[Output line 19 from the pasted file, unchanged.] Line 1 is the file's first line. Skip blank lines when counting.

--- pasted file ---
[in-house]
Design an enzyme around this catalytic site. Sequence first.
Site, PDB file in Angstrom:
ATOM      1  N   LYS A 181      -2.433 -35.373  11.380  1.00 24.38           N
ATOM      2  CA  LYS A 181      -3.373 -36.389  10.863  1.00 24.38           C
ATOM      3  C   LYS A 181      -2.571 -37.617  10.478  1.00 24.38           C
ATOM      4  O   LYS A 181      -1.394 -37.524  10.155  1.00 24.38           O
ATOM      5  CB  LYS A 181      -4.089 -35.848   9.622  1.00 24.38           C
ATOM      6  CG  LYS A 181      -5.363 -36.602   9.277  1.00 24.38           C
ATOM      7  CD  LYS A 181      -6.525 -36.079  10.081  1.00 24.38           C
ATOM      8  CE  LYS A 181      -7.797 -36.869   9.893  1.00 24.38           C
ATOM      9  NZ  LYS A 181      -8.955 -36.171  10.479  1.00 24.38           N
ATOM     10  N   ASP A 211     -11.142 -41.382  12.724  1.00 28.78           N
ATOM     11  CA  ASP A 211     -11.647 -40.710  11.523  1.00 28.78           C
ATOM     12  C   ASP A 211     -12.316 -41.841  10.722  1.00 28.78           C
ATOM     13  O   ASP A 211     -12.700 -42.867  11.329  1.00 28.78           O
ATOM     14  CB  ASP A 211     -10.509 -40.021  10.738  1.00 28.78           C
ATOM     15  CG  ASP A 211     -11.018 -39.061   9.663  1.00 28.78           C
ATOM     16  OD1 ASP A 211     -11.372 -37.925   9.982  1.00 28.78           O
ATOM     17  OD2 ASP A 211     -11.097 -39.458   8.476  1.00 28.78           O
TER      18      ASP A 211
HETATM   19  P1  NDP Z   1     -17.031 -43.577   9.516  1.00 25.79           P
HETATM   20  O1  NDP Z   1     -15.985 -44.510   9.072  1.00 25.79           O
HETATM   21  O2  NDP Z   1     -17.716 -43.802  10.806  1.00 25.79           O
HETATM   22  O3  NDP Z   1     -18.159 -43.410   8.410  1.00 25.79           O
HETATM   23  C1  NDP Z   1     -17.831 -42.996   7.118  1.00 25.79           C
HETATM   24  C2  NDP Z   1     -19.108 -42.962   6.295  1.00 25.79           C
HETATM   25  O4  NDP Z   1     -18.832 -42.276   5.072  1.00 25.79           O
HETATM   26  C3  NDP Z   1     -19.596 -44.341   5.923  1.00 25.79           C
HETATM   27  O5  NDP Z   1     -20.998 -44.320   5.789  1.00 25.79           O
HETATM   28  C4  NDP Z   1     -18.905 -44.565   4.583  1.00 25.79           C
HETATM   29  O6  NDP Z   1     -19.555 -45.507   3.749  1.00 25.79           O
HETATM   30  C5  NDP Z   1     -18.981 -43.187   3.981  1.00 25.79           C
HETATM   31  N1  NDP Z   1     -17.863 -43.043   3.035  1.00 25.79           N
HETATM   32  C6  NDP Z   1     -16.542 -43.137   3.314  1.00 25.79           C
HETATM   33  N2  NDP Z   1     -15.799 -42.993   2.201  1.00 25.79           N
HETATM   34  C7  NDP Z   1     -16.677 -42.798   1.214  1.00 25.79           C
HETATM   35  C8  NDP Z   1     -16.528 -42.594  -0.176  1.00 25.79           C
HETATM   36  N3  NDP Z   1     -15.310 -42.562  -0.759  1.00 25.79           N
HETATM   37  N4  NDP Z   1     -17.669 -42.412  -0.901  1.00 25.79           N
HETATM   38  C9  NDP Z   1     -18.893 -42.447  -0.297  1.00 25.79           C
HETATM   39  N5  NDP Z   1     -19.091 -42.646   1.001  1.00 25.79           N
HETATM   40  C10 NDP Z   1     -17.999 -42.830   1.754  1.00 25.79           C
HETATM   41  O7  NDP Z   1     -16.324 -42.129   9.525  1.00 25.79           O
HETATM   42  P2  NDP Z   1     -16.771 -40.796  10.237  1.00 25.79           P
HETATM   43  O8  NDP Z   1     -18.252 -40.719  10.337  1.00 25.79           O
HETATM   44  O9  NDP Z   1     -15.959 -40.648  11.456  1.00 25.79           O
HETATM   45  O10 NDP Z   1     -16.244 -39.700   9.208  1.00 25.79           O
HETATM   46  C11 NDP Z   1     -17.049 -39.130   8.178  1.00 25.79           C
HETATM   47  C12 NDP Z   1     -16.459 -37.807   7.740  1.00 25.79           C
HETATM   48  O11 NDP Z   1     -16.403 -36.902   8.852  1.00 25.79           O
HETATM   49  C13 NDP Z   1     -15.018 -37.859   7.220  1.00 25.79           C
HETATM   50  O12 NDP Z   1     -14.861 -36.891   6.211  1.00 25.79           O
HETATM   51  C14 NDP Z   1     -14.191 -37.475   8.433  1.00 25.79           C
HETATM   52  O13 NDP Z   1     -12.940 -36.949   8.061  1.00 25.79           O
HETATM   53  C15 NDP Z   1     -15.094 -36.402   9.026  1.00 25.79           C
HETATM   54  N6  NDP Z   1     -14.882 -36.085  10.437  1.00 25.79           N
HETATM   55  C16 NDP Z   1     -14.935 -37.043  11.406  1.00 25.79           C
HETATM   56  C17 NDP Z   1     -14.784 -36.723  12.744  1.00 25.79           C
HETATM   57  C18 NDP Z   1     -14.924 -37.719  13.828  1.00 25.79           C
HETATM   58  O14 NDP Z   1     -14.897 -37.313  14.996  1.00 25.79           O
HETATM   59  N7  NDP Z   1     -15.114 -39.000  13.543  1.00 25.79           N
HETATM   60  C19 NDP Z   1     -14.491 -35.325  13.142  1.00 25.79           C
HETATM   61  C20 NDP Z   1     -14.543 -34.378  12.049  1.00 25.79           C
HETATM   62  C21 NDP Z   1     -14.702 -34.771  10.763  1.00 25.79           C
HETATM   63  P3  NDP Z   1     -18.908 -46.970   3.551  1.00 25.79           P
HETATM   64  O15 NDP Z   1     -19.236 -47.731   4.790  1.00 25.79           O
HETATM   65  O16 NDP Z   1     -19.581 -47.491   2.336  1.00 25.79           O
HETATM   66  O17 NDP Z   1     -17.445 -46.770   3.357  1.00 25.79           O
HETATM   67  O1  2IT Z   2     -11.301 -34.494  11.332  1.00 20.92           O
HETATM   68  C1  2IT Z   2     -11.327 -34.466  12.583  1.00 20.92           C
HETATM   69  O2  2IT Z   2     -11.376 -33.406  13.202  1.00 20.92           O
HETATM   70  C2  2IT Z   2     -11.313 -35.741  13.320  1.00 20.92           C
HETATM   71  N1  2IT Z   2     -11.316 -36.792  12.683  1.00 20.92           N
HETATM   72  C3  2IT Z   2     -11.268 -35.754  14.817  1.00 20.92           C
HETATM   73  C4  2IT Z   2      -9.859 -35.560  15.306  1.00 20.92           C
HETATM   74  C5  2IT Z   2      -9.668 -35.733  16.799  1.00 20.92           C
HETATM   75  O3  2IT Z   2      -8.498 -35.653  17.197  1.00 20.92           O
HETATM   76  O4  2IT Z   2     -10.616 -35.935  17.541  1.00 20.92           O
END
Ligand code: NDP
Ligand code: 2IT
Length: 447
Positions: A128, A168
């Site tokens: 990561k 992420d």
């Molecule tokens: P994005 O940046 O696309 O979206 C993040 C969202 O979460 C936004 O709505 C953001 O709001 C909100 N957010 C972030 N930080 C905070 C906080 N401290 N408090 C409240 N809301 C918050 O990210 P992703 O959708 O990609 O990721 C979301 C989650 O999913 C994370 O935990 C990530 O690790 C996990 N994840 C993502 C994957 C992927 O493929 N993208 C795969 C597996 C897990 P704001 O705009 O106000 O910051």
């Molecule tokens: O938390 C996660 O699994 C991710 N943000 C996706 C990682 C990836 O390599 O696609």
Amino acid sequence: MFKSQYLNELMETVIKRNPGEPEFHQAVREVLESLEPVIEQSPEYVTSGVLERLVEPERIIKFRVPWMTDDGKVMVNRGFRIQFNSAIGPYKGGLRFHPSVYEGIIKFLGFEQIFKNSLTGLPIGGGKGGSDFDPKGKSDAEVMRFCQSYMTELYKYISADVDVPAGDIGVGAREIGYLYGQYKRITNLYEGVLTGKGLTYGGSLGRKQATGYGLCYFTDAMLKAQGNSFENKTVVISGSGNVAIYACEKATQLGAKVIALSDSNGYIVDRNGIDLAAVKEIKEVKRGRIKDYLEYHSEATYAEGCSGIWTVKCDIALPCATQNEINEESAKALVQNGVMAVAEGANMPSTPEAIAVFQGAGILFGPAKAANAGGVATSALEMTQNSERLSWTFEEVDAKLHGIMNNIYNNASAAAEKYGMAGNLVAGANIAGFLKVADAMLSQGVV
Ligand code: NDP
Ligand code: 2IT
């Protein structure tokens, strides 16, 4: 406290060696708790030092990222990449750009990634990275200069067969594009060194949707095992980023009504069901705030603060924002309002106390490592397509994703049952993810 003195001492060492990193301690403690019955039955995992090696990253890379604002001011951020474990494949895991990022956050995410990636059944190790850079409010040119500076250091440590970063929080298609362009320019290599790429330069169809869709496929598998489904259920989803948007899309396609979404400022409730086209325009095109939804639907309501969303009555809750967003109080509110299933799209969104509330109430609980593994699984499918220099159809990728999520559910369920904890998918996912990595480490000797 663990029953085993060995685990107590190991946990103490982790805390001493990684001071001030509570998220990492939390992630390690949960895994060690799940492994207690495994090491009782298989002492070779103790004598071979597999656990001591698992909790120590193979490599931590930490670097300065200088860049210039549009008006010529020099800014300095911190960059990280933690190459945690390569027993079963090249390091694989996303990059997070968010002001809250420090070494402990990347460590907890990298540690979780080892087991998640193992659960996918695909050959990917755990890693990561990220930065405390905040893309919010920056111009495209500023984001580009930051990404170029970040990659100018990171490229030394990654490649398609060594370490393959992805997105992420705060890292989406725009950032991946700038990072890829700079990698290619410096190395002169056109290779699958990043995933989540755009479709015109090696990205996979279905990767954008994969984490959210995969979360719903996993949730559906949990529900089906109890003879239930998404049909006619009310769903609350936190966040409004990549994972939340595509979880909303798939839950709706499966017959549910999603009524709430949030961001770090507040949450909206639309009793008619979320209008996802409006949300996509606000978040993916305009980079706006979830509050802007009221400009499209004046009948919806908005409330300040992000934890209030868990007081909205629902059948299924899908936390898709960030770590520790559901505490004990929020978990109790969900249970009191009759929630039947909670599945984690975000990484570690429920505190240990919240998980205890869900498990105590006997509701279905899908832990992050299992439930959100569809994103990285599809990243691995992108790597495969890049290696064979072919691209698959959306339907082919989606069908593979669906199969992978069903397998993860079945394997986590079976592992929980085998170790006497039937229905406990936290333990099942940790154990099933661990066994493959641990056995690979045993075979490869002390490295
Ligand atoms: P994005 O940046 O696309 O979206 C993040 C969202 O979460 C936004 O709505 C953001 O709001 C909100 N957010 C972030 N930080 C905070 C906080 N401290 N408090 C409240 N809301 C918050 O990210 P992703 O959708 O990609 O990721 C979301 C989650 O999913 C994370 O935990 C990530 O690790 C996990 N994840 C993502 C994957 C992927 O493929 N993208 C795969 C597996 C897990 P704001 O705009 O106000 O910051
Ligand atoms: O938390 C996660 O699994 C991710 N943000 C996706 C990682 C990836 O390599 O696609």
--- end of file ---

ATOM     16  OD1 ASP A 211     -11.372 -37.925   9.982  1.00 28.78           O